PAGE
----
Throughout this path, I have explored how the school has become more diverse since Riley Temple’s freshman year in 1968, when there were no women, about ten black men, and no out members of the LGBTQ+ community. Since then, women have been admitted to the school. More people of color, as well as more international students and students from a variety of socioeconomic backgrounds, have also been admitted. There is now a visible presence of LGBTQ+ students at the college, both as individuals who are out, as well as the presence of student groups like Quest, QPOC (Queer People of Color) and PALM (the Pride Association for Leadership & Mentoring program). This visibility, however, is not complete, nor does it mean that homophobia and transphobia no longer exist.
For example, recently, a friend of mine overheard a conversation at one of the dining halls where four male students were talking about the fact that “there were no homosexuals at this school” and one stated that “if I saw a homosexual student I would punch them in the face.” Another stated “unless she was a lesbian, and then I would fix that.” This conversation happened less than 100 feet away from the Gender and Sexuality Resource Center, which is probably the most visible space for LGBTQ+ students on campus. Although these students are likely a minority in terms of the attitudes and perceptions of the student body, clearly, the visible diversity at Lafayette is not as complete as we would like to believe, and homophobia still has a foothold.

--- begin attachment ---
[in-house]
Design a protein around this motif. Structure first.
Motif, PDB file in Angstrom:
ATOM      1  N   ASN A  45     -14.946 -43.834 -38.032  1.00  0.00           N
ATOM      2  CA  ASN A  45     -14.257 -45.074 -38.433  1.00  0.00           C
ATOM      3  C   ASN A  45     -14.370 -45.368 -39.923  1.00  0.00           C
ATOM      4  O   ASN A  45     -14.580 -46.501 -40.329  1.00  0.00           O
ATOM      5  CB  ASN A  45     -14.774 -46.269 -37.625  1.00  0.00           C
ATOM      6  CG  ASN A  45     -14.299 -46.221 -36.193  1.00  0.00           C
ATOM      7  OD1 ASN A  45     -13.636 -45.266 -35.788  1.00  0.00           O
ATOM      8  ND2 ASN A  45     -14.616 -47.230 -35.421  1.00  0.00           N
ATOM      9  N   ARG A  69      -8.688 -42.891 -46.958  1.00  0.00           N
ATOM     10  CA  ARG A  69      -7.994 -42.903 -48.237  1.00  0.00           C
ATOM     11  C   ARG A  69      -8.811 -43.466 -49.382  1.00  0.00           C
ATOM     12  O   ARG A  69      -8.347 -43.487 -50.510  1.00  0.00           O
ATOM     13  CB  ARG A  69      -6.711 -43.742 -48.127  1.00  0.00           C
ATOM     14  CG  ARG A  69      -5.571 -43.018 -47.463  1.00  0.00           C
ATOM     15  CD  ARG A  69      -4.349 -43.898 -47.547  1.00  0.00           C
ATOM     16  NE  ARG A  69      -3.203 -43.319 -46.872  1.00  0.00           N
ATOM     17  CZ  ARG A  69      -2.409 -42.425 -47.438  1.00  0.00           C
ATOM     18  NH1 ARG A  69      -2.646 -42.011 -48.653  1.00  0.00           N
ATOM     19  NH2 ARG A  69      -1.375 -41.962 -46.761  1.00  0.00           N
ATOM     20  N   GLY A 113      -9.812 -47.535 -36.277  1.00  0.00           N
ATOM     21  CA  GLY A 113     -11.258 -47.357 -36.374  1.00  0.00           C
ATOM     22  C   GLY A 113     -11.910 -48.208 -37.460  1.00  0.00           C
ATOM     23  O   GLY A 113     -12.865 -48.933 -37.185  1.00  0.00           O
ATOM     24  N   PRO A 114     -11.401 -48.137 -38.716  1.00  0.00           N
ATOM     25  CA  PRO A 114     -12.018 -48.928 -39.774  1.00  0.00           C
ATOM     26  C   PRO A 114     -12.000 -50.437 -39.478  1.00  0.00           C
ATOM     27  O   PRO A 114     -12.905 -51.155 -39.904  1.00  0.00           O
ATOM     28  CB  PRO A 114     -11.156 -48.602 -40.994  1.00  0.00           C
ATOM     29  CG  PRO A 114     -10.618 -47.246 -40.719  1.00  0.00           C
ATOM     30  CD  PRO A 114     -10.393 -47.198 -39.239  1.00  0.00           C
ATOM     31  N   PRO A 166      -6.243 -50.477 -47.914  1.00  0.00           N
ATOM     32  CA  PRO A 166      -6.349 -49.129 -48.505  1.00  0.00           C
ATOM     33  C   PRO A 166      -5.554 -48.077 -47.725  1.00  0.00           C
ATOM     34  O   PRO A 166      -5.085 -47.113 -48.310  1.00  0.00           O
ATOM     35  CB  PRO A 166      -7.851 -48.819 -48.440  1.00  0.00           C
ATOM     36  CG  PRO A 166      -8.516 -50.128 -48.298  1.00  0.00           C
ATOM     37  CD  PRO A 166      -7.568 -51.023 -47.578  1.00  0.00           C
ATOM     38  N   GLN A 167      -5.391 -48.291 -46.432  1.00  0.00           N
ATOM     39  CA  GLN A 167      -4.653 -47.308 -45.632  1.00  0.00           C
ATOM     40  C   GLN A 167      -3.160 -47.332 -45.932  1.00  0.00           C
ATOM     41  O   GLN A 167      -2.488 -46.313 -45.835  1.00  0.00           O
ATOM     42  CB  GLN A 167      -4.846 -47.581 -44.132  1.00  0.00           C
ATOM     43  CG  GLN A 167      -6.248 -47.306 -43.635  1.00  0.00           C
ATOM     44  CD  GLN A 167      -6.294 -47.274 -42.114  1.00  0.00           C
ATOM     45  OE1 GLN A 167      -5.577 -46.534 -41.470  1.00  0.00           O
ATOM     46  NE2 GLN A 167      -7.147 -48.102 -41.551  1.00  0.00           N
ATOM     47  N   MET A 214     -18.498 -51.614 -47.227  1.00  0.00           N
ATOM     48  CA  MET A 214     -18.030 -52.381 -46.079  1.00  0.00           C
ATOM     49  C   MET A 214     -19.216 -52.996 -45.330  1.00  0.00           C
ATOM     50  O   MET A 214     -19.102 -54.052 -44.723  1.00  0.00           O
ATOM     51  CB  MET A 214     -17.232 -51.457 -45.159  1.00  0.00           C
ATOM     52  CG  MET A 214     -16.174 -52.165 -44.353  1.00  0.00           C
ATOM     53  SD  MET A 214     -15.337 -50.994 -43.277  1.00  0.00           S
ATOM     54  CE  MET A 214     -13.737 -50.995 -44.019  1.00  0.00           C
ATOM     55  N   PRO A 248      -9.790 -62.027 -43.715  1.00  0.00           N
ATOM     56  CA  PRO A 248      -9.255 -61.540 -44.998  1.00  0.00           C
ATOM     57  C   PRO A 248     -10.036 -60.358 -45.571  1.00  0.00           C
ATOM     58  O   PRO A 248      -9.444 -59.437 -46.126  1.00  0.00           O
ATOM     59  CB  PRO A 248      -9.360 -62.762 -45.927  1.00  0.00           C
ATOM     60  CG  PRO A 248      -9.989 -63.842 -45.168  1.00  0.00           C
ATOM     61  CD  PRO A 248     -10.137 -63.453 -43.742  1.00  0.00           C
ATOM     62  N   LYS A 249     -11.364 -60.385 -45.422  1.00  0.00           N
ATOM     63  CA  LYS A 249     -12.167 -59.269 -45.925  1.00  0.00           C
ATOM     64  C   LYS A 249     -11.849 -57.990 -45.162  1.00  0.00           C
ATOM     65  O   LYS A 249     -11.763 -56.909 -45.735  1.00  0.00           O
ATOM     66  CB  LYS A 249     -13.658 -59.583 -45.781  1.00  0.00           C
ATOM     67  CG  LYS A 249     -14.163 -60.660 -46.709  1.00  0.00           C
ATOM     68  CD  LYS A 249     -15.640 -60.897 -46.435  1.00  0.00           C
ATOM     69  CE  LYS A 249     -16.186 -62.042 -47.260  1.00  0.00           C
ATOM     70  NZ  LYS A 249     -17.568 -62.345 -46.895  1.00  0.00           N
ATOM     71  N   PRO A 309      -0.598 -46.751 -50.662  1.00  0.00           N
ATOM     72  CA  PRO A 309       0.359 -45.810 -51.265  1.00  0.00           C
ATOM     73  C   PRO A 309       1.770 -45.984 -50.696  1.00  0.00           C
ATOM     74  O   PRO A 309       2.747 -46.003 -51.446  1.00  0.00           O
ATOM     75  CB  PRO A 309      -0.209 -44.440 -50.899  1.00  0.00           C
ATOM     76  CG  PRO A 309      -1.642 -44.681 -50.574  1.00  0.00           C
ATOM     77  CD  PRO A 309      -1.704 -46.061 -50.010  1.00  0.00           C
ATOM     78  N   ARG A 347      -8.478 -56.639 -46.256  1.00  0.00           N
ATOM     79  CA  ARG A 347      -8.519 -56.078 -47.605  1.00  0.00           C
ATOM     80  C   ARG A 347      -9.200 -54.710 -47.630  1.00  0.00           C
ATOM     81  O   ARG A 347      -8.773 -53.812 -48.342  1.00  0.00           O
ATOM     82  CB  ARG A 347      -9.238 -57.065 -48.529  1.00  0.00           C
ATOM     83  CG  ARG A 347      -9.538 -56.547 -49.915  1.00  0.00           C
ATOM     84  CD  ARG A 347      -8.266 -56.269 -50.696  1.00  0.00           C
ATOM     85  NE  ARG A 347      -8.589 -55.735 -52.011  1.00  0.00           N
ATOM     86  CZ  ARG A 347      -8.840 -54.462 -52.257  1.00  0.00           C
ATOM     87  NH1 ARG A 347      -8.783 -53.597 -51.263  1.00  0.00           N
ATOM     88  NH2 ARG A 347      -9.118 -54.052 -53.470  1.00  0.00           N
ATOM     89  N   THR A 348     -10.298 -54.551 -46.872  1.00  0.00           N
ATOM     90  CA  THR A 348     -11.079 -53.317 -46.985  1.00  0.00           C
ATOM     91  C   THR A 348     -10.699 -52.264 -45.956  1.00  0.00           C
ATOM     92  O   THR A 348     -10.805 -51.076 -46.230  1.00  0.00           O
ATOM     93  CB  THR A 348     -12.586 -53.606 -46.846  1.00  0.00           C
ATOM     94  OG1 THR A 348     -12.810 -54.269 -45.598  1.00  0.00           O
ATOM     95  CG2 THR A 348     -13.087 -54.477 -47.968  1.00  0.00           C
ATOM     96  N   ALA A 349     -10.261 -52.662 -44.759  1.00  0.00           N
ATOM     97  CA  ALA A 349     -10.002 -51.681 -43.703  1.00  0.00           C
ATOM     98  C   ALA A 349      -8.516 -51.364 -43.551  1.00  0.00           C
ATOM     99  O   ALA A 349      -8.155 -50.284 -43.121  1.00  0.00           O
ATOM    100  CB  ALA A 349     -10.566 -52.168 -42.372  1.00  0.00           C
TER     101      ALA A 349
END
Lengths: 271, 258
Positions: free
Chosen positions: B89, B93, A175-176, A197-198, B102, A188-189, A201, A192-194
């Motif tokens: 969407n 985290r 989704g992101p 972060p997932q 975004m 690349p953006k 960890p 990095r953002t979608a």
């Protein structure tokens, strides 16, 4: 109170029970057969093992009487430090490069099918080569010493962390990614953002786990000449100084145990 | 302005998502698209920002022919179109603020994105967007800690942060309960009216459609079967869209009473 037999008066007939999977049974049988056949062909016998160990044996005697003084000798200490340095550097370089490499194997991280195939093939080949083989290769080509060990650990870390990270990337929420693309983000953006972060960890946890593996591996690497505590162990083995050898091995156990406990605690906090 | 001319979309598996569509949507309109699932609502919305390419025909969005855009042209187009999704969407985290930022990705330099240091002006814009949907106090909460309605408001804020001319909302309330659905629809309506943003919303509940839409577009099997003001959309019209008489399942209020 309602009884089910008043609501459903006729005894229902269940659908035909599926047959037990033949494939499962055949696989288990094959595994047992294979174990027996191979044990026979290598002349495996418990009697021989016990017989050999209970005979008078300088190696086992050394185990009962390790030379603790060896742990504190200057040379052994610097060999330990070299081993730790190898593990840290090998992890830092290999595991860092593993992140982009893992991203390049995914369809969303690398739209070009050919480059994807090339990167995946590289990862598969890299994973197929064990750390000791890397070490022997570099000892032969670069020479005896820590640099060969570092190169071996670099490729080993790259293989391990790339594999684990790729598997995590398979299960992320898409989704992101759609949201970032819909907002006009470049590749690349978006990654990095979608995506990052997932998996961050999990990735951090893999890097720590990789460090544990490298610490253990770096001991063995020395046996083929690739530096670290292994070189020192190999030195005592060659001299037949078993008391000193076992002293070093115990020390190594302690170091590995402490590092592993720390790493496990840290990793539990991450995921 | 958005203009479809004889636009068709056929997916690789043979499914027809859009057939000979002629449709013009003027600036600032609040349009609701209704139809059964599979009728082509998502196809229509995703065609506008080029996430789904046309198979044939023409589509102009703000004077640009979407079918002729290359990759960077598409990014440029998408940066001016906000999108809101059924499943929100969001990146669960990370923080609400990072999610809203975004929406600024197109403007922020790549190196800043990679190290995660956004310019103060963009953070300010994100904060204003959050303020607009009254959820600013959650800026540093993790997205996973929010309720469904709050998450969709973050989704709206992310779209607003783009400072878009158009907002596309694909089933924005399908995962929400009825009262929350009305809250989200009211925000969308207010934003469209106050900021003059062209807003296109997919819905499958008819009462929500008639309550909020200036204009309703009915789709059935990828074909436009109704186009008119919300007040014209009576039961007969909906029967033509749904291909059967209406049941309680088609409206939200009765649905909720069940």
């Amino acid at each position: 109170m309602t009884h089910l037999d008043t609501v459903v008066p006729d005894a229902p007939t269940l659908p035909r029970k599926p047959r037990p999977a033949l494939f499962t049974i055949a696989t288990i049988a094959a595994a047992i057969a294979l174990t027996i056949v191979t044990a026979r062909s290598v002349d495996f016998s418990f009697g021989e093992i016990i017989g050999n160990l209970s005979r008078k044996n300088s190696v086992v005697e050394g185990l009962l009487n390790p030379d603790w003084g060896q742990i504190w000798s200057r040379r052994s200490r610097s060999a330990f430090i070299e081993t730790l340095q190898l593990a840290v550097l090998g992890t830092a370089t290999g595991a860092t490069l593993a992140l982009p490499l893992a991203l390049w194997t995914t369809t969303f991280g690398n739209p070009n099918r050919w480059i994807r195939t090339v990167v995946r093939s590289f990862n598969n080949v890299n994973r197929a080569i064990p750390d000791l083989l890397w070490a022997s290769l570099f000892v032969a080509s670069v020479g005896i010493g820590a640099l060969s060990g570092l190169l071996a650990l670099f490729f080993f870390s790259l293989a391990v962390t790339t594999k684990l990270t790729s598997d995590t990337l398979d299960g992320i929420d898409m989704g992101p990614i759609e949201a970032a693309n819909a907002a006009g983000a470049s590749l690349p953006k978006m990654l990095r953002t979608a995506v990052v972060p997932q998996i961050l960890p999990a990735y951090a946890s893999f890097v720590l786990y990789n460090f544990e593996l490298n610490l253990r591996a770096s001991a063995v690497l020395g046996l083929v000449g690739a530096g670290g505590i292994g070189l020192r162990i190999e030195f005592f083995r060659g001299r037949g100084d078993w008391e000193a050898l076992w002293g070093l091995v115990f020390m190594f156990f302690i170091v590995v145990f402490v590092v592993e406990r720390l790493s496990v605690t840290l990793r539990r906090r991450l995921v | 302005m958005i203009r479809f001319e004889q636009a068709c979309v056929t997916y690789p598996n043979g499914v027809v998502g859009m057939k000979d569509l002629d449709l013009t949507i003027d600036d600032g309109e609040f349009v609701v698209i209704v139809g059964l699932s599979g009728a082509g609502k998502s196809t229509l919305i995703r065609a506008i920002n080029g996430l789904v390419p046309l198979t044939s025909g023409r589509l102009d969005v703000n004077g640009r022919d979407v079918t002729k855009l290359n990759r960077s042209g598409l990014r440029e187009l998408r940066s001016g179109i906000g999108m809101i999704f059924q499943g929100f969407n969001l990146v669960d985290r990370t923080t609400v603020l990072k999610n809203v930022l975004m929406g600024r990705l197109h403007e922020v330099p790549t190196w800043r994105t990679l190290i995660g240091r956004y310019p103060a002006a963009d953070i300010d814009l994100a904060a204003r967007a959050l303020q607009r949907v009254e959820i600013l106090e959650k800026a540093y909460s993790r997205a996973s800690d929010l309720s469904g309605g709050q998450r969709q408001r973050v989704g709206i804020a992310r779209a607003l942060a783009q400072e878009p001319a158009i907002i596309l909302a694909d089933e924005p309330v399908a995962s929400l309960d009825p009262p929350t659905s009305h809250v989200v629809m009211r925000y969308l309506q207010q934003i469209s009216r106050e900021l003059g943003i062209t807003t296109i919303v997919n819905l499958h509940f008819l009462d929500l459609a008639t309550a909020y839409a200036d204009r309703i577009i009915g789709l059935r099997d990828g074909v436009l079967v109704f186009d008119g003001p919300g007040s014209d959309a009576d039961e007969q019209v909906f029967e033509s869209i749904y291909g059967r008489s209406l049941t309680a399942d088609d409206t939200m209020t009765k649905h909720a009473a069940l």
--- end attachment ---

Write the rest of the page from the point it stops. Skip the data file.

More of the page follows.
The increasing of diversity at Lafayette has, in some ways, had major positive impacts. It provides spaces for marginalized students, and reminds people that they are not alone, while also decreasing the pressure on individuals to represent their entire community and creating an atmosphere of greater acceptance. It does not, however, totally deconstruct the existence of prejudice or discrimination on campus, and it runs the risk of cloaking some of these issues. Moving forward, it is incredibly important that Lafayette College continues to be a more diverse institution, both in terms of identities that I have discussed in this path, as well as a multitude of other identities and forms of marginalization such as, to name only a few, religion, ability, neurodiversity, ethnicity, and socioeconomic status. However, this increase in diversity is not enough, and it is important for the school to not only bring in more marginalized students, but to make changes, on every level, to make these marginalized students safe and welcome.